CMS/Medicare's decision not to reimburse for Screening CT Colonography has overshadowed some very important developments regarding CTC coverage. Perhaps the biggest development is that many Private health insurance carriers are beginning to cover CTC for screening. In November 2008 Blue Cross/Blue Shield released their TEC report in favor of covering CTC for Colorectal cancer screening citing the Viatronix V3D Colon as an FDA approved screening tool in detecting colon cancer. Currently there are several BCBS regional offices reimbursing CTC. Aetna has establishing a CTC program based on the TEC report. Cigna has provided guidelines for the reimbursement of CTC screening for their millions of insured patients. Additionally, United and Oxford made the announcement to reimburse for several of their plans.
Many States are moving forward as well. In the states of Delaware, Massachusetts and Maryland, The Insurance Administration has mandated that CTC Screening be covered by all insurance carriers doing business within the state. Presently there are three Bills before Congress and thirteen bills before individual state legislatures addressing the need for Colorectal Cancer Screening which contains CTC technology. On May 28, 2010 Rep. Danny Davis and Co-sponsors Rep Mark Kirk and Rep. Dan Boren, introduced the Virtual Screening for Colorectal Cancer Act of 2010 (H.R. 5461) into the U.S. House of Representatives.
With more than 2/3rds of the eligible screening population covered by private health insurance carriers, large scale screening programs can be implemented. In Bethesda, MD where one large facility has implemented a CTC program over 5 years ago, the compliance for colon cancer screening has gone up by 70% consistently with the use of CTC. Another screening program in Madison, WI has a waiting list since achieving coverage by the local private health insurers.
One of the biggest changes has been the development of CPT I codes as of January 1, 2010. These codes now meet the needs of both Gastroenterologists and Radiologists. These will help create standard protocols for the use of CTC for screening CRC. This will be the best way to ensure rapid development of positive coverage and payment policies among all payers.
Overall, the question is, "Will you be ready when CTC is?" Adding CTC will ensure your practice is ready for the launch of this exciting new colorectal cancer screening technology which will yield your practice additional revenues and new patients.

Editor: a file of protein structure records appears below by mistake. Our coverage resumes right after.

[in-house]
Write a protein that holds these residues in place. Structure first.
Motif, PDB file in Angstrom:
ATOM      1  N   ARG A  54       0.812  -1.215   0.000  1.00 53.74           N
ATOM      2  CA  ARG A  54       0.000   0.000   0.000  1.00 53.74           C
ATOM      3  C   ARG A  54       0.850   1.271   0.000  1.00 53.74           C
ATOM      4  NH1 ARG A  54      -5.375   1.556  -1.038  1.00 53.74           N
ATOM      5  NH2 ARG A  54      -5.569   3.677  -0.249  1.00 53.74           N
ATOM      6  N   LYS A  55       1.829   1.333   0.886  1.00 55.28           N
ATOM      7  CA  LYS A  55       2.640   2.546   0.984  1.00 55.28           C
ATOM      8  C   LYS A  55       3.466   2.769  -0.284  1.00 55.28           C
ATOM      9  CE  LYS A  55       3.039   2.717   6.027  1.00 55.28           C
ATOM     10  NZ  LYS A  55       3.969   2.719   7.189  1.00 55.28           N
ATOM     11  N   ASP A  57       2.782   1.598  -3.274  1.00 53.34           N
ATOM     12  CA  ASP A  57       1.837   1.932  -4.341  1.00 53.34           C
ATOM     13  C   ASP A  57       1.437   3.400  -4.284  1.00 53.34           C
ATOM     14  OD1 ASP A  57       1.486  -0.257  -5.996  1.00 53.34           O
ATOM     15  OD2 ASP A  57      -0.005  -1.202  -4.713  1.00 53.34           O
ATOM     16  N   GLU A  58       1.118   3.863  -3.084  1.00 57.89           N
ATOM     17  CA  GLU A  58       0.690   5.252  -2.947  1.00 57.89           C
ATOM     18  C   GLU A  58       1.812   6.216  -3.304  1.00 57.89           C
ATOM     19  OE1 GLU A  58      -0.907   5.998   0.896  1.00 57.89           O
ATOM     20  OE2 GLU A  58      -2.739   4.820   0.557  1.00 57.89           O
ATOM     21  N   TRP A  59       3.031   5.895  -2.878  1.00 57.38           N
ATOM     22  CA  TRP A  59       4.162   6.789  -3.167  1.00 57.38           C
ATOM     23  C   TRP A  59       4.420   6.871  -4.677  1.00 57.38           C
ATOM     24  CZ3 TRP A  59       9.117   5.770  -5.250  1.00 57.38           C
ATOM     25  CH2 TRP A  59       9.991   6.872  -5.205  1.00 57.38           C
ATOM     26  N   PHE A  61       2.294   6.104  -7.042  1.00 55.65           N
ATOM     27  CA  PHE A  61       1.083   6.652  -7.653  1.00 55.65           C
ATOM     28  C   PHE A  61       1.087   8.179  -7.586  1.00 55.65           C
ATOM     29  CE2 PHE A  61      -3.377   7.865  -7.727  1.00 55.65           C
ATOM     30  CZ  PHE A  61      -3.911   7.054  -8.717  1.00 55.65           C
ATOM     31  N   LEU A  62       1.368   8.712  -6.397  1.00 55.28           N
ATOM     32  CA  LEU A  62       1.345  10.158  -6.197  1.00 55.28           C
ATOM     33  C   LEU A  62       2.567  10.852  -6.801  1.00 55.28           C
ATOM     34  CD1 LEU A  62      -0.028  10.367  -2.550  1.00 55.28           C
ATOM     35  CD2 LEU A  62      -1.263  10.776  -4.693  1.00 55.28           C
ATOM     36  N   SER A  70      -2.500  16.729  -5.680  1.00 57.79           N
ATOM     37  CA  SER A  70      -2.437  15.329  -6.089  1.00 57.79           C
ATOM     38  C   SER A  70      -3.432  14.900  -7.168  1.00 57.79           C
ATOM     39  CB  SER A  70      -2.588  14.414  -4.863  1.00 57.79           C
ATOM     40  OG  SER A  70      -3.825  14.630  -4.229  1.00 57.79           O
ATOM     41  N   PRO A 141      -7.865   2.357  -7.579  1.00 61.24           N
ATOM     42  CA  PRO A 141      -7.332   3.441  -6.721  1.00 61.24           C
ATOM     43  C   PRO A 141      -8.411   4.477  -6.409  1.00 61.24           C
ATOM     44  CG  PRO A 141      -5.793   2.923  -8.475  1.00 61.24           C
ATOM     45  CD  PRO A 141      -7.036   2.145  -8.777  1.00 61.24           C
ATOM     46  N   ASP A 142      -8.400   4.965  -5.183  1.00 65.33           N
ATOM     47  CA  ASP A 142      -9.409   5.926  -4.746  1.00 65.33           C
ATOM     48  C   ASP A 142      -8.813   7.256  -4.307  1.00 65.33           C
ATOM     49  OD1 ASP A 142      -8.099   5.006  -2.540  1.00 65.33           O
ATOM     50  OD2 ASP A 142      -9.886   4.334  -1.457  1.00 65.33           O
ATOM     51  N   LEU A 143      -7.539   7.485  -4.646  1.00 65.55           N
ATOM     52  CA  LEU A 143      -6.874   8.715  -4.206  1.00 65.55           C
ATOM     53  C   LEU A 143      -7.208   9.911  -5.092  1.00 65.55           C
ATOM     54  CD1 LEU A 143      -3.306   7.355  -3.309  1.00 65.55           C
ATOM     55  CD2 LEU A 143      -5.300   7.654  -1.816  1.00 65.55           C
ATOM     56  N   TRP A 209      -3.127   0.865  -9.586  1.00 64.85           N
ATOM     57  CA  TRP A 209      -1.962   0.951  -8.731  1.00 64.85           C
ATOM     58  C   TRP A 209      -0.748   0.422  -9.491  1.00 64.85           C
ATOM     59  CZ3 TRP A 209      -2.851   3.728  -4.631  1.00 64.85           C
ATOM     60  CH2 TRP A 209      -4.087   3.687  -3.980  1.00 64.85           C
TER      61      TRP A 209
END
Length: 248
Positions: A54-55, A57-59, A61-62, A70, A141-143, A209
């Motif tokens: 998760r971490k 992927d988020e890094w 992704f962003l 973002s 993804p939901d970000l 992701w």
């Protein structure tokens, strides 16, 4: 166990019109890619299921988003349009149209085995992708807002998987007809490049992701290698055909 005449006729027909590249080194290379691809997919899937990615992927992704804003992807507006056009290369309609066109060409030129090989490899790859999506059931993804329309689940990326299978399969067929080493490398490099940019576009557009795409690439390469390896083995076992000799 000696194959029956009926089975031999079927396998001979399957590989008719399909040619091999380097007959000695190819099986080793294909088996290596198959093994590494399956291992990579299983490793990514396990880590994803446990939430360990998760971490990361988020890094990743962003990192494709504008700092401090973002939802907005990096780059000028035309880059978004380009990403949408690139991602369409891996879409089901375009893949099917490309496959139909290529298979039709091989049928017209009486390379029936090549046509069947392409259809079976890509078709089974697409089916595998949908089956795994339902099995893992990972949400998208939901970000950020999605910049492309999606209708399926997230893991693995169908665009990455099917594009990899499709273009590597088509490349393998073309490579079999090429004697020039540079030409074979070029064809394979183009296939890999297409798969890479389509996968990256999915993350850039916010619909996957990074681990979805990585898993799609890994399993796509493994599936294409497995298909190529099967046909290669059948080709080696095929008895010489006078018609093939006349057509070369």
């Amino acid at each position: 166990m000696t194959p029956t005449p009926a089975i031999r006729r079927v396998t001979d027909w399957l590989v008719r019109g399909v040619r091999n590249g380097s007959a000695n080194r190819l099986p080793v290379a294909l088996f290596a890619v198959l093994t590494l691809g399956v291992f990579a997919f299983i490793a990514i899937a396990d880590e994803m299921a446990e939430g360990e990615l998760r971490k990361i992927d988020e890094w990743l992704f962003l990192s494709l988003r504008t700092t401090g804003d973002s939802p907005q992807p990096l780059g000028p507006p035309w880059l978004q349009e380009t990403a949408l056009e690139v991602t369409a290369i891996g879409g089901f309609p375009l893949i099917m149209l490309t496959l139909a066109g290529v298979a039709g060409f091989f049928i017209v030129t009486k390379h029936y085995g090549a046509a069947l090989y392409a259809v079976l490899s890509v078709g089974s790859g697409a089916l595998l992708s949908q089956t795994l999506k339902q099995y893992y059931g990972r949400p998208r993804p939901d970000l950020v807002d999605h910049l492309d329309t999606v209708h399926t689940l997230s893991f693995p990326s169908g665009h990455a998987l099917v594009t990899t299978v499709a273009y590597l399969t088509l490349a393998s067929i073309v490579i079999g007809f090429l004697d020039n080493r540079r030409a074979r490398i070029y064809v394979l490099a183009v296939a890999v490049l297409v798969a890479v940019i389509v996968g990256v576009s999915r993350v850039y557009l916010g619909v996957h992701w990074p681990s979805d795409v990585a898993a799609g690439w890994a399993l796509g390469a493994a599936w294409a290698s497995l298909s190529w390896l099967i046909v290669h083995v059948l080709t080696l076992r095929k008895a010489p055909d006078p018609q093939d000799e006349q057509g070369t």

Coverage by State:
Thanks in part to state laws mandating coverage of any colorectal cancer screening exam approved by the American Cancer Society (ACS), payors are required to cover CTC in 22 states and Washington, DC, according to a March 26 article on the American Gastroenterological Association's website.
The AGA listed the following states that are required or have agreed to provide coverage for CTC due to ACS approval:
These States have an Insurance Commissioner Mandate for coverage of CTC, if the insurance provides coverage for Colorectal Cancer Screening.
- District of Columbia
- New Jersey
- North Carolina
- Rhode Island
These States have agreed to follow ACS guidelines, yet no Insurance Commissioner Mandate has been released
- New Mexico
- New York
- West Virginia
The ACS-mandated state coverage is bolstered by commitments from private payors to cover screening CTC for all of their insured regardless of location.
The AGA's list of insurers offering CTC as a covered benefit includes:
- CareFirst BCBS (VA, DC, MD)
- BCBS Delaware
- Independence Blue Cross (PA)
- Horizon BCBS (NJ)
- Anthem BCBS (CA, NV, CO, WI, MO, IN, KY, OH, NY, CT, VA, GA, ME, NH, NY)
- BCBS North Carolina
- Physicians Plus of WI
- BCBS Rhode Island
- BCBS Arkansas
- United Healthcare
CMS has published the Medicare Physician Fee Schedule Final Rule, including the CTC RVUs. http://www.federalregister.gov/OFRUpload/OFRData/2009-26502_PI.pdf -The document is 1,669 pages so you have to do a search for "74261" and you will find the CTC codes and their values
Here is a synopsis for CTC CPT Codes:
|CPT Code||Physician Work RVU|
|74261 CTC diagnostic w/o contrast||2.28|
|74262 CTC diagnostic w/ contrast|| 2.50|
|74263 CTC screening|| 2.28 (N=non-covered by Medicare
|Compared to CT|
|74150 CT Abdomen w/o contrast || 1.19|
|74160 CT Abdomen w/contrast || 1.27|
|72192 CT Pelvis w/o contrast || 1.09|
|72193 CT Pelvis w/contrast|| 1.16|
So basically for 74261 and 74263 they just added CT Abd/Pel w/o contrast together (1.19 + 1.09 = 2.28)
A bit more for 74262 at 2.50 (versus 1.27 + 1.16 = 2.43)
In place of the two Category III codes (0066T and 0067T) to describe Computed Tomographic Colonography (CTC), the AMA has created three Category I codes:
|74261|| Computed tomographic (CT) colonography, diagnostic, including image postprocessing; without contrast material (New 1-1-2010)|
|74262|| Computed tomographic (CT) colonography, diagnostic, including image postprocessing; with contrast material(s) including non-contrast images, if performed (New 1-1-2010)|
|74263||Computed tomographic (CT) colonography, screening, including image postprocessing (New 1-1-2010)|
A non-contrast CTC diagnostic study is of value in those patients for whom an instrument colonoscopy of the entire colon is incomplete due to an obstructing neoplasm resulting in an inability to pass the colonoscope proximally.
A contrast-enhanced diagnostic study may be useful in some patients after incomplete endoscopy to characterize indeterminate colonic masses or to better visualize colonic segments with excess fluid.